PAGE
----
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By Louise Avery


There is a moment when you see a bright cheekily coloured macaron and wonder what the colours taste like; then you your mouth will start to anticipate the possibility of crunch combined with something softer.  So it was when I saw a Nougatine macaron for the first time.

To eat a macaron, press the shells together, breaking them so you can observe the ganache oozing, ready to be tasted. The experience of that first brush with the bold caramel flavours of a salted caramel ganache and a crisp but not brittle, crunchy outer shell convinced me that indeed Nougatine deserved their medal from the Royal Melbourne Show.

Clement, the maker of this finery sat with me in a café in St Kilda to explain the science behind flavour combining.  This love of flavour and sustainable food found him exploring, with his partner Helene, Farmers Markets of inner Melbourne eventually joining the entrepreneurial tribe of artisan makers, bakers, sourcers and growers. Their mandarin and thyme macarons are made with The Orange Lady from Mildura’s mandarins. As Clement explained “it’s finding the right chemical aromatic family that makes it work. Orange and thyme doesn’t work but mandarin and thyme have common aromatic components, so they work”.

Clement points out that we are so lucky here in Australia, to have such direct access to the growers and makers in Victoria. Growing up in Paris even the local markets are third hand sellers now and our connection with how and what is grown is becoming distant and dissociative.

To make their macarons they have a conscious desire to create sustainable food relationships, as he said, “Why spend so much time worrying about where we get our vegetables from and then ignore how our desserts are made?” Using their food chemistry wizardry and building harmonious relationships with growers they are creating a unique and passionate flavour explosion that has solid connections to the world around them. The only exception is the chocolate as they are yet to find anything local in suitable quantities, so they use Callebaut chocolate.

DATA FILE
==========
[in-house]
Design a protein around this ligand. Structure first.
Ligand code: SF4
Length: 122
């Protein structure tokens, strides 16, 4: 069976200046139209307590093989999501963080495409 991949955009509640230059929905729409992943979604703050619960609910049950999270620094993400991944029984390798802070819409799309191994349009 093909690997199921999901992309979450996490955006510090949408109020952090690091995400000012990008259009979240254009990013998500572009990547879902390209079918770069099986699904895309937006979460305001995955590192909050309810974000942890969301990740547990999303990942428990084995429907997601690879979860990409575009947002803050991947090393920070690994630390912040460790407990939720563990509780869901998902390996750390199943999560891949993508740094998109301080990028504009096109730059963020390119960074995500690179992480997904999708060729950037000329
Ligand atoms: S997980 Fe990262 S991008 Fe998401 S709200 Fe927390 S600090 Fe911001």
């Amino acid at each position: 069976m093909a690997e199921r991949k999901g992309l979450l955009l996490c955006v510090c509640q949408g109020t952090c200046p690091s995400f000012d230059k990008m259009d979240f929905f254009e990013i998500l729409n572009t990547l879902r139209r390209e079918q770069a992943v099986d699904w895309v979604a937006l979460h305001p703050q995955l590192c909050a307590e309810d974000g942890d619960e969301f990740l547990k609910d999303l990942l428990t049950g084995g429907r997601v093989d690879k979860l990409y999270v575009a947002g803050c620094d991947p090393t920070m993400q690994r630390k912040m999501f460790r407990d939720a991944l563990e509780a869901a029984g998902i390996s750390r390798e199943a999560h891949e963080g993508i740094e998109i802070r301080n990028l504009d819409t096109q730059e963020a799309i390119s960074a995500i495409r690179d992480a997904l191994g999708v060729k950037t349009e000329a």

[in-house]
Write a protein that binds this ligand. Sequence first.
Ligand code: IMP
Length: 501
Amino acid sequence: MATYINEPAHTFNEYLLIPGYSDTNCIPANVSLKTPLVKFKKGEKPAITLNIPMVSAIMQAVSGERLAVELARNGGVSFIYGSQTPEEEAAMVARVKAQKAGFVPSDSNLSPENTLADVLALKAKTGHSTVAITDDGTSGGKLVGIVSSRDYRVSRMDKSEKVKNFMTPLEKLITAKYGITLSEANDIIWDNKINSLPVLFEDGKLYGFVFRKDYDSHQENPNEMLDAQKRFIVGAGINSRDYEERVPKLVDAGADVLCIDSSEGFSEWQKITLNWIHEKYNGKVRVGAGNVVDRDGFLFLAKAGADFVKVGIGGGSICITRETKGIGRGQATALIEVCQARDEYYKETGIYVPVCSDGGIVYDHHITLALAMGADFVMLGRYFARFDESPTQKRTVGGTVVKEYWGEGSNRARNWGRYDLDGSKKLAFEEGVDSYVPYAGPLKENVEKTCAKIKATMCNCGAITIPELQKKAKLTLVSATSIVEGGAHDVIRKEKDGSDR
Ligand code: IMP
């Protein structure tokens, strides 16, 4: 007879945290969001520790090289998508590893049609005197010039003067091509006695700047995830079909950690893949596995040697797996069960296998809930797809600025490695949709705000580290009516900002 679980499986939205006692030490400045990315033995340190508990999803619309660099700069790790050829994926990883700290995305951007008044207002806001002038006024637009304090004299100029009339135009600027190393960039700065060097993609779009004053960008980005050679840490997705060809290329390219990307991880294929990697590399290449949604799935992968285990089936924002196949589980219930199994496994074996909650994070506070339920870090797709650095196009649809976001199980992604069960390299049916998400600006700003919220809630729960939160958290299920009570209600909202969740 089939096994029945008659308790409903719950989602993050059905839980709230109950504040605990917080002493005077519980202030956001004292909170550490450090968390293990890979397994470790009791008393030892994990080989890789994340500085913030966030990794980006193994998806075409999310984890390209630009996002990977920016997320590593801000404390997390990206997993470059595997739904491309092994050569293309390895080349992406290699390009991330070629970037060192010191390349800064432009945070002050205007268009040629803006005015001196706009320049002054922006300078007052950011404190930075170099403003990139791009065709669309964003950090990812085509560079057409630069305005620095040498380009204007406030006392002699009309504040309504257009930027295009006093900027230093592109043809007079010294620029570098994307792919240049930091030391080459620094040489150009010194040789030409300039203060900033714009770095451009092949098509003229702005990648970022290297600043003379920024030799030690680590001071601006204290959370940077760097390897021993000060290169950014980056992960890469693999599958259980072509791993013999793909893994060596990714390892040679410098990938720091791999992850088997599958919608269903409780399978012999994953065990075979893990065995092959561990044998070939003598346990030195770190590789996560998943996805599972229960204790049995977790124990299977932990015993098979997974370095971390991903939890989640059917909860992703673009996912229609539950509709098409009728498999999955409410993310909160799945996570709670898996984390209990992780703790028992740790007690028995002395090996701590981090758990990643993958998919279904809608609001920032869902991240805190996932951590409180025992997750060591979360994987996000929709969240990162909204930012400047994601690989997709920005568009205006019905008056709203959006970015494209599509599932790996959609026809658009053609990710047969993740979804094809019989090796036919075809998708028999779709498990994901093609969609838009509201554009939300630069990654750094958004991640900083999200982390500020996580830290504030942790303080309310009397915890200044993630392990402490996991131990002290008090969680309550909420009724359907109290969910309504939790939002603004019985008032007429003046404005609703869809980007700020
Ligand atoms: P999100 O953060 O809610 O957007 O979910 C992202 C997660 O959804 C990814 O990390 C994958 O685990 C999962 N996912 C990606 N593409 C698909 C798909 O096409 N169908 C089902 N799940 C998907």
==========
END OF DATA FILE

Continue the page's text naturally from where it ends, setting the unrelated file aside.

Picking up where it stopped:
Heston Blumenthal is the spiritual godfather of Nougatine, with his creativity and enthusiasm for the science of food. For them creating taste is inspired by curiosity and a sense of adventure in food and in what they produce and the occasional visit to regional Victoria sourcing products to add to their taste palette.

And they are very busy producing not only macarons but other French desserts for corporate events, weddings, parties, anything and can be caught at Farmers Markets on a weekend… selling and buying more available ingredients as well as building on the sense of community that they have found there.

I put Clement a little on the spot by challenging him to think about what he would suggest for a 1930’s style Indian wedding. He scratched his beard and wondered, changed the subject and then came back to it with a possibility for absinthe and chai… absinthe has a flavour similar to lemon balm and anis, and chai is a blend of warm spices. Absinthe for those heady pre war days in Paris and chai to offset the cooler flavours with a burst of warmth. Although, consultation with the creative brains of the operation Helene would be needed to create just the right chemistry to make this just right, however he would happily try.

Clement sees the possibility of creativity in everything they make and is passionate about locally sourced produce. My absinthe and chai macarons may not appear at his next market stall but he is always one step ahead with the next ingenious solution and intriguing flavour sensation that ensures that I am inevitably heading to his stall next time I am at a Farmers Market.

Some farmers markets in the St Kilda area you may find Nougatine at

– Elwood Farmers Markets Second Saturday of each month at Elwood High School

– Fitzroy Street Farmers Market 3rd  Saturday of each month on Lakeside Drive St Kilda.

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